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" MEN being, as has been said, by nature all free, equal, and independent, no one can be put out of this estate, and subjected to the political power of another, -without his own consent. "
Jura Anglorum: The Rights of Englishmen - Page 34
by Francis Plowden - 1792 - 620 pages
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An Introduction to Rights

William A. Edmundson - Philosophy - 2004 - 223 pages
...transference, control governments throughout their careers. As Locke puts the point: "Men being ... by nature all free, equal, and independent, no one can be put out of this estate and subjected to the political power of another without his consent" (54). Those who withhold...
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Cracking the AP World History Exam: 2004-2005

Monty Armstrong, David Daniel, Abby Kanarek - Study Aids - 2004 - 368 pages
...Document 5 Source: John Locke, Tuv Treatises on Government, Section 95, 1690. Men being, as has been said, by nature, all free, equal, and independent, no one can be put out of this estate, and subjected to the political power of another, without his own consent. The only way...
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Ungleichzeitigkeit und europäisches Verfassungsrecht: die Einbettung der ...

Daniel Thym - Constitutional law - 2004 - 430 pages
...S. 47. Siehe auch/. Locke, Treatises (1780-3; Ausg. 1993), S. 163: „Men being, as has been said, all free, equal and independent, no one can be put out of this estate, and subjected to the political power of an332 Grundrechte der Europäischen Union mit...
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John Locke's Politics of Moral Consensus

Greg Forster - Philosophy - 2005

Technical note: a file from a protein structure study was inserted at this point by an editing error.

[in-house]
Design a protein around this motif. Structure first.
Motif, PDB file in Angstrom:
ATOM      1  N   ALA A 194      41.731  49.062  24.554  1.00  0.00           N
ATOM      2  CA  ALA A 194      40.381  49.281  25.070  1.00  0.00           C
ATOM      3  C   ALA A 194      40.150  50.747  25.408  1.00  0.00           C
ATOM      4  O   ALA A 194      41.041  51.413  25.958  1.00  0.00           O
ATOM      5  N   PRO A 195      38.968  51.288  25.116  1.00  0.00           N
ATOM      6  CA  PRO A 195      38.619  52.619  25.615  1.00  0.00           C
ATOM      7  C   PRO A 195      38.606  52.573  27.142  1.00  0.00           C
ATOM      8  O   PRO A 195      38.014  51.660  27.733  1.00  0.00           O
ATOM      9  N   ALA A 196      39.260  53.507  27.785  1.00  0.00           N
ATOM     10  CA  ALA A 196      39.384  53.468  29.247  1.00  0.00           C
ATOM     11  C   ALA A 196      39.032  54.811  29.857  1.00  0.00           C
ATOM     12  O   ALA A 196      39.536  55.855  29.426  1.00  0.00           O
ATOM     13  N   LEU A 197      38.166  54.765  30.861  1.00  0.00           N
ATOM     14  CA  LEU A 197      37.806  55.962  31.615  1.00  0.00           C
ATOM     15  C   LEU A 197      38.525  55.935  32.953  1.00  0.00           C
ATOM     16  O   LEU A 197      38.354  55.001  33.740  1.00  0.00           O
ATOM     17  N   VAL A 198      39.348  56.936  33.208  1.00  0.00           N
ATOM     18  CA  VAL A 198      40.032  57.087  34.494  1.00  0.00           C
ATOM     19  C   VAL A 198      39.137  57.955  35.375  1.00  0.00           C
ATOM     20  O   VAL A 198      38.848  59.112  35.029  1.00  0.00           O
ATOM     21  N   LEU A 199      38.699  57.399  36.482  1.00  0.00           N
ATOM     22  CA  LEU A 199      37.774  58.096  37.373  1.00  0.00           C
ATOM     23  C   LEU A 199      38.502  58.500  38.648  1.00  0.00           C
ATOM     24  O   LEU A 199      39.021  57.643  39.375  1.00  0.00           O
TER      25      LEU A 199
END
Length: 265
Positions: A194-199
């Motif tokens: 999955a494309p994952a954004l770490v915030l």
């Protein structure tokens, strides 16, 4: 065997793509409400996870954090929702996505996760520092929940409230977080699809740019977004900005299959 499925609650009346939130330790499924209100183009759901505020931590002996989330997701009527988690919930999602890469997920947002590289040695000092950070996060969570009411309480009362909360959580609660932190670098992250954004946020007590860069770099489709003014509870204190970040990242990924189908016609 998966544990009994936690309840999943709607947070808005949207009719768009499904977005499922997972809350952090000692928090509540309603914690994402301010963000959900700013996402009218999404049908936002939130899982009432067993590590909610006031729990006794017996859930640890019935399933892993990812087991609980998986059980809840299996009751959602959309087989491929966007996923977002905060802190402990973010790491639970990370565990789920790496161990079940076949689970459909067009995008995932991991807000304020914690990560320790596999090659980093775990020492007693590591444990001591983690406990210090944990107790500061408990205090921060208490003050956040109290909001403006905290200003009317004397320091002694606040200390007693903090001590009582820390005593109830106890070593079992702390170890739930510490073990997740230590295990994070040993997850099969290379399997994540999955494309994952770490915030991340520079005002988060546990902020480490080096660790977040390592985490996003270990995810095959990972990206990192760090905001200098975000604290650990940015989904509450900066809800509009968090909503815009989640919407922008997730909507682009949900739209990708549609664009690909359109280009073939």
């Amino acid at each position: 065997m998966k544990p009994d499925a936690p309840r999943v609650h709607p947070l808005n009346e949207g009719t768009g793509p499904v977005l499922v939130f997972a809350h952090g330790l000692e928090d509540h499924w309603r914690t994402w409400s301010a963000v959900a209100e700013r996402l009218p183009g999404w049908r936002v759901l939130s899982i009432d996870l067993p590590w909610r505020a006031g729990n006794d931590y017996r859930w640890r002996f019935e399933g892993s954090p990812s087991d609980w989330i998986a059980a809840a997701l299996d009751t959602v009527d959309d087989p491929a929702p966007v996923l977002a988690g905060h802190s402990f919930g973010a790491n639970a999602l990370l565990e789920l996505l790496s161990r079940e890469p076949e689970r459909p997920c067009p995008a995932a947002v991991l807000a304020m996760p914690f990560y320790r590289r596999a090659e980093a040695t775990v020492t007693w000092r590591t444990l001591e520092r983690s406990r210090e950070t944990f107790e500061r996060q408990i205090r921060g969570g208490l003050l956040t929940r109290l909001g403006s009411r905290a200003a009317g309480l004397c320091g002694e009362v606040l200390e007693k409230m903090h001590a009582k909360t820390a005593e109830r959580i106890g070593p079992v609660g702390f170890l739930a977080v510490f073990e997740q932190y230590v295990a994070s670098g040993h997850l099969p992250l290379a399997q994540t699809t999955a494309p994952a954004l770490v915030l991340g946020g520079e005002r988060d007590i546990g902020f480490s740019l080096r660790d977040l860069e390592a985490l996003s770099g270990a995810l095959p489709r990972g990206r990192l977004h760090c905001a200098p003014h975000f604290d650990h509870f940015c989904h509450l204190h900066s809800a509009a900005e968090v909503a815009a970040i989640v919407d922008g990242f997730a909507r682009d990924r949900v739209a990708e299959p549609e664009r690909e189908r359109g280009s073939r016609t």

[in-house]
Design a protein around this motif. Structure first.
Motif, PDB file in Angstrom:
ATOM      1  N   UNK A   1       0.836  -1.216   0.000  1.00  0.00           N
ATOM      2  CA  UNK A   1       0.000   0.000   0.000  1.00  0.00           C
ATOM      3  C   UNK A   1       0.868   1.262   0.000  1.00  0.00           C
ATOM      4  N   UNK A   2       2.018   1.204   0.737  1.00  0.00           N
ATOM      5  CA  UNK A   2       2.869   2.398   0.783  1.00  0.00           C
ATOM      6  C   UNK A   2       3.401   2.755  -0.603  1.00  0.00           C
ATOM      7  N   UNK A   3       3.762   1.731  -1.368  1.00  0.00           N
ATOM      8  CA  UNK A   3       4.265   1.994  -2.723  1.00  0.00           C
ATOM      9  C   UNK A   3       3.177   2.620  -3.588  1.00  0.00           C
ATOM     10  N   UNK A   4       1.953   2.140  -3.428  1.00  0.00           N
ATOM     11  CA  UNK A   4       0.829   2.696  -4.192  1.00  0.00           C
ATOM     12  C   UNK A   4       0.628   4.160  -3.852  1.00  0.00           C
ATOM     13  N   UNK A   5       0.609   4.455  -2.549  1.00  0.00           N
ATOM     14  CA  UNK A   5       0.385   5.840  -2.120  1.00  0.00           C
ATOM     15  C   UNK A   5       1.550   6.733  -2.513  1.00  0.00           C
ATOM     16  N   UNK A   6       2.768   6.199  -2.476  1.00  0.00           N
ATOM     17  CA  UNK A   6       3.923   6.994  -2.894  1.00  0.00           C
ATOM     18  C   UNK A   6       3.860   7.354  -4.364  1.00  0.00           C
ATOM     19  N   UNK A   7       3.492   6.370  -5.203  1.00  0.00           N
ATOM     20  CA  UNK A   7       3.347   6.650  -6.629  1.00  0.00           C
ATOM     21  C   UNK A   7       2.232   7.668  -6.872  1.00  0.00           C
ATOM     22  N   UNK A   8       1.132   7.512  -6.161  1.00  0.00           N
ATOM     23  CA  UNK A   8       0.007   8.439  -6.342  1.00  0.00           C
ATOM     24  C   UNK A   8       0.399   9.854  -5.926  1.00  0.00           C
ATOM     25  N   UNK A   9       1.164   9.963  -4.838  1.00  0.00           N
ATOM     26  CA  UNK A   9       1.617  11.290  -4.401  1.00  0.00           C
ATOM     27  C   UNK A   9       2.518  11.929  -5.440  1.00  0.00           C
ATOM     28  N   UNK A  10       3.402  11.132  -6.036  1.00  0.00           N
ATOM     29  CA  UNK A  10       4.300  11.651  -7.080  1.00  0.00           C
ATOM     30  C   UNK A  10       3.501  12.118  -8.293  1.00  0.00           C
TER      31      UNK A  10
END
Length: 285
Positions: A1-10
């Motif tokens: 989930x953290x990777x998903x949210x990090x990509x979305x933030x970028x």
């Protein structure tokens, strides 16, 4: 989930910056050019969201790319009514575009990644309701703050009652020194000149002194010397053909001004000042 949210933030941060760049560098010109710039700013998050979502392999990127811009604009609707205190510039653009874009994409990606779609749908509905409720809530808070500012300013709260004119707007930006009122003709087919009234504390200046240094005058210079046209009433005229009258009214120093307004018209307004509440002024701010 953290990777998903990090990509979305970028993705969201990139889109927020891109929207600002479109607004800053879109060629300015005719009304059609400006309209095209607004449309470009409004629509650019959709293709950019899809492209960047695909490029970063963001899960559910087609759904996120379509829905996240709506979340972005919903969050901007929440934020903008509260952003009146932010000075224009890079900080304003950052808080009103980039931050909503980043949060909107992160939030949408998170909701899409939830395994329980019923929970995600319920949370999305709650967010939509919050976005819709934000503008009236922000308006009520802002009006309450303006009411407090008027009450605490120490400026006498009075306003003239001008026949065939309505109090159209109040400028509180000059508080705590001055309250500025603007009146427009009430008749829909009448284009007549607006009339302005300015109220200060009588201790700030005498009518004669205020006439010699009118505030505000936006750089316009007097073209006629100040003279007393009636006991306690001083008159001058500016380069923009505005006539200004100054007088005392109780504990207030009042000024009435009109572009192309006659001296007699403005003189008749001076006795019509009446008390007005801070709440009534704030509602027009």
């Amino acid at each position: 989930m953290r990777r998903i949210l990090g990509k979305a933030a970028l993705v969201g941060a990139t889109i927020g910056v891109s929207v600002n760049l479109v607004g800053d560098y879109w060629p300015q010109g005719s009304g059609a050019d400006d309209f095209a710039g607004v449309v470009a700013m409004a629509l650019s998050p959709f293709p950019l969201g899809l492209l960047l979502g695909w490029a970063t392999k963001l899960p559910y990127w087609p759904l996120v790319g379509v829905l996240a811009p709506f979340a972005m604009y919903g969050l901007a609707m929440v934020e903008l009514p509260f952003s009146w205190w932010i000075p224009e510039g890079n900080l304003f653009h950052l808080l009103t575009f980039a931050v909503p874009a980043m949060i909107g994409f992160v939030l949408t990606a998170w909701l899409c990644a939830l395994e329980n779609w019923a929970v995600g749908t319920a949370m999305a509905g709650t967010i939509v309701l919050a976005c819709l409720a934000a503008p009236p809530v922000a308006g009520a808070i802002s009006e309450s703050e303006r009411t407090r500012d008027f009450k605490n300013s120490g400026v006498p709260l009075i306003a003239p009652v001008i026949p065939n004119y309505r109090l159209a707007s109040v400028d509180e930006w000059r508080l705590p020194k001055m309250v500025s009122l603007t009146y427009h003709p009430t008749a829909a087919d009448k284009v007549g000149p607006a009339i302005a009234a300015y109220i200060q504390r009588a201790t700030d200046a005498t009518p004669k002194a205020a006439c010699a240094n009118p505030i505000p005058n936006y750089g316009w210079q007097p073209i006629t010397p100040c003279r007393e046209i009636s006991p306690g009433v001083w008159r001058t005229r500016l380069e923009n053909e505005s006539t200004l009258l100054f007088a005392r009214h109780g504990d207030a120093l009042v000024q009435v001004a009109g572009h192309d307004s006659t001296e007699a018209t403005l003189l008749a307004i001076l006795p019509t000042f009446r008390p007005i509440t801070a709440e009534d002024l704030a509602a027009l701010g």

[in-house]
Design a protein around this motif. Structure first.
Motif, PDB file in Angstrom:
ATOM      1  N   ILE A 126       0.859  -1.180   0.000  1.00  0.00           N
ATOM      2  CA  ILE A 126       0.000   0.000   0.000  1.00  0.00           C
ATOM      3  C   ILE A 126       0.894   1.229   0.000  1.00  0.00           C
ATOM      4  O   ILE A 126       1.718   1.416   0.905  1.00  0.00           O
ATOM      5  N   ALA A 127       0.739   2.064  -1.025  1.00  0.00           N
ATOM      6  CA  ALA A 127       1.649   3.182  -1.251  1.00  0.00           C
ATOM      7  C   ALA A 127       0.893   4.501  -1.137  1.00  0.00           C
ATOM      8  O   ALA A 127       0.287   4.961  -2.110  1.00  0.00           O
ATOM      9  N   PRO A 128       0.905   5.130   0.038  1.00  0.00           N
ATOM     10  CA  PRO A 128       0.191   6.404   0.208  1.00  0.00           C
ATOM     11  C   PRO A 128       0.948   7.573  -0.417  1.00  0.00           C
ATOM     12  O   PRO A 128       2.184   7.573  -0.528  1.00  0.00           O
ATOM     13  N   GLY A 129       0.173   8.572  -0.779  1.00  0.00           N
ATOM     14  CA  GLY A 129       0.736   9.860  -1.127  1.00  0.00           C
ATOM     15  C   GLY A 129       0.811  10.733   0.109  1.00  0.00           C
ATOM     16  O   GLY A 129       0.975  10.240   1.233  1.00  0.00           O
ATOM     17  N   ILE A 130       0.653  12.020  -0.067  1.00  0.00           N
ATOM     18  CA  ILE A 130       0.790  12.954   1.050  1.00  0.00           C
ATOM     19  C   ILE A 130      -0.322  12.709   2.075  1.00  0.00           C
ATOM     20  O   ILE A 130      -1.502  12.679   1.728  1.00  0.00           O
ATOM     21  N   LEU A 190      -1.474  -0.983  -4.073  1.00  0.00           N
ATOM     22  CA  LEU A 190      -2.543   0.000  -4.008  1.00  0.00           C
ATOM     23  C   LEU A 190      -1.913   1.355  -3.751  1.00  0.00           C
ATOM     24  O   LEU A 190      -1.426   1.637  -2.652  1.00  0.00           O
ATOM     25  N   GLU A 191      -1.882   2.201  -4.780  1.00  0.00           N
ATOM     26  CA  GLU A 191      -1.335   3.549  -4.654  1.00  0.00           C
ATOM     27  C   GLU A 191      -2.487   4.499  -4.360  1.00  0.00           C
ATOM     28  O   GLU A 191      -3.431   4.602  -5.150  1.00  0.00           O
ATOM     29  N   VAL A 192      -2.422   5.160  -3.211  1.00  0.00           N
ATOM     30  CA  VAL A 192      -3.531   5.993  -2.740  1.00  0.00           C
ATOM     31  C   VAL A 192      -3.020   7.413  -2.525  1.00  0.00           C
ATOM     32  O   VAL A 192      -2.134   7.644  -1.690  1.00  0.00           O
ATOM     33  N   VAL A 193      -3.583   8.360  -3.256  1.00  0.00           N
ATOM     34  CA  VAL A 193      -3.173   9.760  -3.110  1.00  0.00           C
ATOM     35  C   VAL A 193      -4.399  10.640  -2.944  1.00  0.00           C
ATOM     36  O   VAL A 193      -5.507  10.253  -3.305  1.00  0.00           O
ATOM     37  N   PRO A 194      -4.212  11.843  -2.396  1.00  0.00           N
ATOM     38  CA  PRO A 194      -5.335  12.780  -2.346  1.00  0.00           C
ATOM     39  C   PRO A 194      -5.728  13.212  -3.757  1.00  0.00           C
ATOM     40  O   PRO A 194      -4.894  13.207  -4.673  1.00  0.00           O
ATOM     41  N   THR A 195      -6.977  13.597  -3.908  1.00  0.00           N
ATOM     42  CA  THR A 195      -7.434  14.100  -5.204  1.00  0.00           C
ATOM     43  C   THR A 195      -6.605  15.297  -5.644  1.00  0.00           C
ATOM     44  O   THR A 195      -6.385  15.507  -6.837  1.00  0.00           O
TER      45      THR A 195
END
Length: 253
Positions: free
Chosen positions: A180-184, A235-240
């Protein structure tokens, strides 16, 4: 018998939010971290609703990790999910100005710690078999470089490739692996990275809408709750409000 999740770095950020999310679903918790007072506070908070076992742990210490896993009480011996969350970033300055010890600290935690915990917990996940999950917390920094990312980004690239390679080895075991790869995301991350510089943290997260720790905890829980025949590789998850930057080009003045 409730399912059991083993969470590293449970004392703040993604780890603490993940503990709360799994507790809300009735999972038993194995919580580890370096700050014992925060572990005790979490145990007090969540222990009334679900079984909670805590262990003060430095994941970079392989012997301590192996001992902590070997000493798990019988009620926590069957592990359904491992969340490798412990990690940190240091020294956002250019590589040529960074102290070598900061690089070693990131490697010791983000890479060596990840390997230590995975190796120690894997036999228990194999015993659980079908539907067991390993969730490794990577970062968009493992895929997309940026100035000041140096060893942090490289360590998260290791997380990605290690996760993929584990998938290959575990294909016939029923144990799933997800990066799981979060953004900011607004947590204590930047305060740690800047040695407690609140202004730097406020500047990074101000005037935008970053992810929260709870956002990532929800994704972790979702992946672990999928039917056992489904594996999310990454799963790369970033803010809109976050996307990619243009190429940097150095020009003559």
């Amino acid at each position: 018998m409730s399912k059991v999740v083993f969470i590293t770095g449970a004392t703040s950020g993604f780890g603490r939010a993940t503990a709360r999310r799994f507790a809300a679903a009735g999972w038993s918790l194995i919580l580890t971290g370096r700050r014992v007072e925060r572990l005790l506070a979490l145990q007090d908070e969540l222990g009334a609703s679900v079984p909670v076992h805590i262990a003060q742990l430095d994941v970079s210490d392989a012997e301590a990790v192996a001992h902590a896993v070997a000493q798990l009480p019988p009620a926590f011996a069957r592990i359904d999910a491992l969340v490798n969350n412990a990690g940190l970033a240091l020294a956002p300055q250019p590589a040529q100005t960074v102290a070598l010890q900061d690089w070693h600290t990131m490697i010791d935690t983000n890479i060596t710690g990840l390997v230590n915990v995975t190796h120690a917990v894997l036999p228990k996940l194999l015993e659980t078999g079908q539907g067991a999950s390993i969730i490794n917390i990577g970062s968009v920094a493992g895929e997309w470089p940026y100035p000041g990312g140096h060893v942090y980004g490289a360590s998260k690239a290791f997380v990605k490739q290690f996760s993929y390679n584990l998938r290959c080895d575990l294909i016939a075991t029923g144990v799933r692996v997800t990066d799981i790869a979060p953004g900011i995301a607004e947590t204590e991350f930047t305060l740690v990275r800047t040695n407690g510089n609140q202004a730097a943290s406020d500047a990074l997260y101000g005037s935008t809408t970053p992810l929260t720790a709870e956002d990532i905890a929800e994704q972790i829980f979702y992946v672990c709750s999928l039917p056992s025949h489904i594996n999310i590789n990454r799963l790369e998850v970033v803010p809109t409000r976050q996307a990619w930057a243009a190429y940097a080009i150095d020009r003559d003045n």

...be something to which people submit voluntarily, only consent will create authority. "Men being ... by nature, all free, equal and independent, no one can be put out of this estate . . . without his own consent. The only way whereby anyone . . . puts on the bonds of civil...
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The Legalization of Human Rights: Multidisciplinary Perspectives on Human ...

Saladin Meckled-García, Başak Cali - Political Science - 2006 - 208 pages
...conception. This is the conception that John Locke introduced in these words: Men being, as has been said, by nature all free, equal, and independent, no one can be put out of this estate and subjected to the political power of another without his own consent, which is done...
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We Hold These Truths: Catholic Reflections on the American Proposition

John Courtney Murray - Political Science - 2005 - 300 pages
...limitations on their natural omnipotence? Only by their own free act: "Men being, as has been said, by nature all free, equal, and independent, no one can be put out of this estate and subjected to the political power of another without his own consent." Society is not...
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Philosophy, Literature, and Politics: Essays Honoring Ellis Sandoz

Ellis Sandoz - Literary Criticism - 2005 - 354 pages
...8, "Of the Beginning of Political Societies," paragraph 95, Locke says: Men being, as has been said, by Nature, all free, equal and independent, no one can be put out of this Estate, and subjected to the Political Power of another, without his own Consent. The only way...
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Two Treatises of Government: In the Former, the False Principles and ...

John Locke - History - 2006 - 358 pages
...Anarchy as to affirm. CMA p. VIII. Of the Beginning of Political Societies, being, as has been faid, by Nature, all free, equal and independent, no one...Political Power of another, without his own Confent, which is done by agreeing with other Men to joy n and unite into a Community, for their comfortable,...
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Lincoln's Defense of Politics: The Public Man and His Opponents in the ...

Thomas E. Schneider - Biography & Autobiography - 2006 - 224 pages
...passage he cites from chapter 8 of Locke's Second Treatise of Government. Men being, as has been said, by Nature, all free, equal, and independent, no one can be put out of this Estate, and subjected to the Political Power of another, without his own Consent. The only way...
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Frontiers of Justice: Disability, Nationality, Species Membership

Martha C. Nussbaum - Law - 2006 - 487 pages
...interested in them all. SOCIAL CONTRACTS AND THREE UNSOLVED PROBLEMS OF JUSTICE Men being, as has been said, by Nature, all free, equal and independent, no one can be put out of this Estate, and subjected to the Political Power of another, without his own Consent. The only way...
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